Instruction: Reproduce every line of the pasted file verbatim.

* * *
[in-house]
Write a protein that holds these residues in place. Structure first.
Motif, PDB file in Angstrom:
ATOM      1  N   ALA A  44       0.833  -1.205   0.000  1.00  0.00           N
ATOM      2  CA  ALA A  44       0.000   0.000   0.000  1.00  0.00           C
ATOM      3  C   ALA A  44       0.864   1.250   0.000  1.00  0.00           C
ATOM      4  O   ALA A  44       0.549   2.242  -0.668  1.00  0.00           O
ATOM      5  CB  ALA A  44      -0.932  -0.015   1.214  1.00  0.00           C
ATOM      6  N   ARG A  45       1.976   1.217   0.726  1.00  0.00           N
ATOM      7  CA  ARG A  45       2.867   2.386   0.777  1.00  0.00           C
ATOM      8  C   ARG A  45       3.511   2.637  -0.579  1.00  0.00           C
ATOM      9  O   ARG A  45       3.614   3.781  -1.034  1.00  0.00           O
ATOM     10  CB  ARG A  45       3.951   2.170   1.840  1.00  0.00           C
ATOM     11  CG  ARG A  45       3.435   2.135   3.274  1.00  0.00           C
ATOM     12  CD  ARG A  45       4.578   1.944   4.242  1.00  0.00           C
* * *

[in-house]
Write a protein that holds these residues in place. Structure first.
Motif, PDB file in Angstrom:
ATOM      1  N   ALA A  44       0.833  -1.205   0.000  1.00  0.00           N
ATOM      2  CA  ALA A  44       0.000   0.000   0.000  1.00  0.00           C
ATOM      3  C   ALA A  44       0.864   1.250   0.000  1.00  0.00           C
ATOM      4  O   ALA A  44       0.549   2.242  -0.668  1.00  0.00           O
ATOM      5  CB  ALA A  44      -0.932  -0.015   1.214  1.00  0.00           C
ATOM      6  N   ARG A  45       1.976   1.217   0.726  1.00  0.00           N
ATOM      7  CA  ARG A  45       2.867   2.386   0.777  1.00  0.00           C
ATOM      8  C   ARG A  45       3.511   2.637  -0.579  1.00  0.00           C
ATOM      9  O   ARG A  45       3.614   3.781  -1.034  1.00  0.00           O
ATOM     10  CB  ARG A  45       3.951   2.170   1.840  1.00  0.00           C
ATOM     11  CG  ARG A  45       3.435   2.135   3.274  1.00  0.00           C
ATOM     12  CD  ARG A  45       4.578   1.944   4.242  1.00  0.00           C